WASHINGTON -- A measure to reinstate unemployment benefits for more than a million workers cut off over the holidays cleared a key hurdle in the Senate on Tuesday by a margin of 60 to 37. Six Republicans supported the measure.
The razor-thin margin of victory was a major and unexpected boost for Democrats and President Barack Obama, who had made calls to Republicans on Monday night in hopes of wooing the necessary votes to overcome a filibuster. One hour before the vote was cast, in fact, operatives working on the issue were told that they would end up one short of the 60 needed. But passage by itself doesn't restore assistance to the 1.3 million Americans whose benefits lapsed on Dec. 28.
For Congress to ultimately renew the federal Emergency Unemployment Compensation program, the measure will once again have to clear the 60 vote threshold before it can pass the Senate, and the House of Representatives must act as well. And as of now, there is no obvious indication or timeframe for when lawmakers in that chamber plan to reinstate unemployment insurance, which had been in place since 2008 and reauthorized 11 times.
Democrats argued it was too soon to leave the long-term jobless hanging.
"For many American families, these benefits were the difference between making ends meet and going hungry or becoming homeless," Senate Majority Leader Harry Reid (D-Nev.) said Tuesday. "In 2012 alone, unemployment insurance helped 2.5 million people, including 600,000 children, stay out of poverty. These families live in red states and blue states. They are Republicans, Democrats and Independents. And we can’t turn our backs on them now."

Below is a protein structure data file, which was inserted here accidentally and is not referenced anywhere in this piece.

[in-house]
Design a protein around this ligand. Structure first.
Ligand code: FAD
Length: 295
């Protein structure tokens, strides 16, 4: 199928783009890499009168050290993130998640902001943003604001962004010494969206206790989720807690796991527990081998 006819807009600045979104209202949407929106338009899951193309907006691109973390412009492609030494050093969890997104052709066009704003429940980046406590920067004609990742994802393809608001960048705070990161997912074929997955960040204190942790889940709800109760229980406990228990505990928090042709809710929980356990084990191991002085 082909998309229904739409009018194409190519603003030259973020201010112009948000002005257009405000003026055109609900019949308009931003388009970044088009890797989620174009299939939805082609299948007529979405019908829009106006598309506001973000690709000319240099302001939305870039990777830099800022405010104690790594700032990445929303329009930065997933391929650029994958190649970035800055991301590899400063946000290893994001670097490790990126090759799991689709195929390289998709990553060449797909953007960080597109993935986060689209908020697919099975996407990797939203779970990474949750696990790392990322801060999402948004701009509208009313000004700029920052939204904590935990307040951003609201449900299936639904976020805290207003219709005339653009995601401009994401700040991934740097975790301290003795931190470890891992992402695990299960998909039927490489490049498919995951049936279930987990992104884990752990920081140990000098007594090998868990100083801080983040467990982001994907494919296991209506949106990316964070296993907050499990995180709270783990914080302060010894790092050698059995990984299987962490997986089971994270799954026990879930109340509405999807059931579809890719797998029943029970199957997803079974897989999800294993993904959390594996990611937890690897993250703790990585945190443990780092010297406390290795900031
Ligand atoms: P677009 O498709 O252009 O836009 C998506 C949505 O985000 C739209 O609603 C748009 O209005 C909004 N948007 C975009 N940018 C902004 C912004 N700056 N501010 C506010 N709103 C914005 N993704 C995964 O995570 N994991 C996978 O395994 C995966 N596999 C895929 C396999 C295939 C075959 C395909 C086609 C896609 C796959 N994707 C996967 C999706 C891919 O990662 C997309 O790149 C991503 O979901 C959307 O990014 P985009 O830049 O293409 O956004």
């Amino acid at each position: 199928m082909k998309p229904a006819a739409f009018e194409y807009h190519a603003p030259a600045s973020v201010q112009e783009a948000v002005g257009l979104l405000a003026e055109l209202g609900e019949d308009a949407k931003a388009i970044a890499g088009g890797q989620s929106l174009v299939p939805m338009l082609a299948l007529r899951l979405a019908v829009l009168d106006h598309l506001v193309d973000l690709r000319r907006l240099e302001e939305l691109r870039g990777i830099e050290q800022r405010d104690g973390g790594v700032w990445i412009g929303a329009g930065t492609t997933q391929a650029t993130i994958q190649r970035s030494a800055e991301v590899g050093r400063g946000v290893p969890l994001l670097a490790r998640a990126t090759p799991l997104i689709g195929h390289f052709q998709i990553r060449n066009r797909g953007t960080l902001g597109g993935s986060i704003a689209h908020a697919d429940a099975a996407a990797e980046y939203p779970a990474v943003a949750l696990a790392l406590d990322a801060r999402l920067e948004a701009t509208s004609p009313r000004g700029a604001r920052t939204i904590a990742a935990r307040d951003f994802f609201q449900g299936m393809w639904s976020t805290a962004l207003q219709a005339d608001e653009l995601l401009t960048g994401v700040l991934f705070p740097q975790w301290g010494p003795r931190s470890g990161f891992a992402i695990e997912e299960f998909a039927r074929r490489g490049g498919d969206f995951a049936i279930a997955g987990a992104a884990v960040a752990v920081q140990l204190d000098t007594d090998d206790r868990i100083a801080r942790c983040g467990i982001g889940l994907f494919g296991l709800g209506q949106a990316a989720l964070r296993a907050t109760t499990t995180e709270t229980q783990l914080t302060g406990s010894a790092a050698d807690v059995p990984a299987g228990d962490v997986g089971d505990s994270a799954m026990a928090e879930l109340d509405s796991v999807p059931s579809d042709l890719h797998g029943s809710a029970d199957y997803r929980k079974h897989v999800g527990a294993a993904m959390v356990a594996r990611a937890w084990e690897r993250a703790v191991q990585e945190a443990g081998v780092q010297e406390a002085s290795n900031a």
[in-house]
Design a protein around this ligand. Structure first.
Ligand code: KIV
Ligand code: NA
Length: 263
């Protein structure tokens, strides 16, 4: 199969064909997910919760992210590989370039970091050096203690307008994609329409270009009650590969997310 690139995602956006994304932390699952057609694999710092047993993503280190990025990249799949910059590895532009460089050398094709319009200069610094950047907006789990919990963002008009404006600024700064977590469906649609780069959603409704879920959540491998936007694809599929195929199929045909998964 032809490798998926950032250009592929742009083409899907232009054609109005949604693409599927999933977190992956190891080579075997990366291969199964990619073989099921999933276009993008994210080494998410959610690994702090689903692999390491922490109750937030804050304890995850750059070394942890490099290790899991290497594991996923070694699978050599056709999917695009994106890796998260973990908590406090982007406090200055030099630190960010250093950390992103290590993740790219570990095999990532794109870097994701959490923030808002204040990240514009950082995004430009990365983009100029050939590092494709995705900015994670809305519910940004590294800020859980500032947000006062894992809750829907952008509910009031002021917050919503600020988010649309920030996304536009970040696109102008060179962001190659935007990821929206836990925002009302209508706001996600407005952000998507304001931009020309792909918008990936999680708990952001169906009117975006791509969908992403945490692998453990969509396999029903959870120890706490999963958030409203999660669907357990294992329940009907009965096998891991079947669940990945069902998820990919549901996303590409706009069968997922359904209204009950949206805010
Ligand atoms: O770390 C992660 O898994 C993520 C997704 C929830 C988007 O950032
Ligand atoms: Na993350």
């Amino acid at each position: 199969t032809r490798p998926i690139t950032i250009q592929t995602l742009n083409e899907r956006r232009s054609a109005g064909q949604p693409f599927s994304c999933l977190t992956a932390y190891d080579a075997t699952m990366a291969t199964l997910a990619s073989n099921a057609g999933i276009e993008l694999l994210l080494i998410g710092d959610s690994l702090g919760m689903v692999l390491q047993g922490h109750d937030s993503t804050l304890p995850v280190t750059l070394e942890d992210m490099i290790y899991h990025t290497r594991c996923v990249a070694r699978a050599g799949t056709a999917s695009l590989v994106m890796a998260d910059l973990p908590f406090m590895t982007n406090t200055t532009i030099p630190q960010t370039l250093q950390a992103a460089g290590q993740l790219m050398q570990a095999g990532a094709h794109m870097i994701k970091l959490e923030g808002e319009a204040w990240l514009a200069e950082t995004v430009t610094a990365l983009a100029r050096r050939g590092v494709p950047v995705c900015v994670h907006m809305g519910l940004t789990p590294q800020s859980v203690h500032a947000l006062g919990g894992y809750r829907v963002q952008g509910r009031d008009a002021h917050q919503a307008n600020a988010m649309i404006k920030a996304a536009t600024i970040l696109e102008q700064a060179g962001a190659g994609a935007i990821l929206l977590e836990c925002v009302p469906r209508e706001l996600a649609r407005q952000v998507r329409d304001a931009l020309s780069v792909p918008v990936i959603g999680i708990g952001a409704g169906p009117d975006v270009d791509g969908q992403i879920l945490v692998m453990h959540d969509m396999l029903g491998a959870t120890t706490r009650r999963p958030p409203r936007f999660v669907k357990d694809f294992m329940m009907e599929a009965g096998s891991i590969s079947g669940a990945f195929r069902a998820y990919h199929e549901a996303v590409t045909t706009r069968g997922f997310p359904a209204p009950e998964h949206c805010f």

Even though the national unemployment rate has declined to 7 percent -- two-tenths of a percentage point below the highest level at which Congress has previously let benefits expire -- long-term unemployment remains more prevalent than ever, with 4.1 million jobless six months or longer.
The Senate bill was co-authored by Sen. Dean Heller (R-Nev.) and Sen. Jack Reed (D-R.I.), both of whom hail from states with 9 percent unemployment, the highest in the nation.
"Helping those in need should not be a partisan issue," Heller said Monday. "For these benefits to simply vanish without giving families the time to plan or figure out alternatives to help them get by to me is just not right."
Despite its bipartisan co-authorship, it was not clear, until the late hours, whether enough Republicans would support the measure to allow it to overcome a filibuster. Obama made calls to fence-sitters on Monday night and, at the behest of GOP leadership, Reid held the vote for another 16 hours -- time which allowed him to lobby more members. Four Republicans said Monday that they'd vote yes -- Heller, Lisa Murkowski (Alaska), Kelly Ayotte (N.H.) and Susan Collins (Maine). The Democrats ultimately picked up crucial votes from Republican Sens. Dan Coats (Ind.) and Rob Portman (Ohio) to secure passage.
Collins' support came with a caveat: she would not necessarily support the measure on final passage, saying she'd like to see changes to the unemployment system.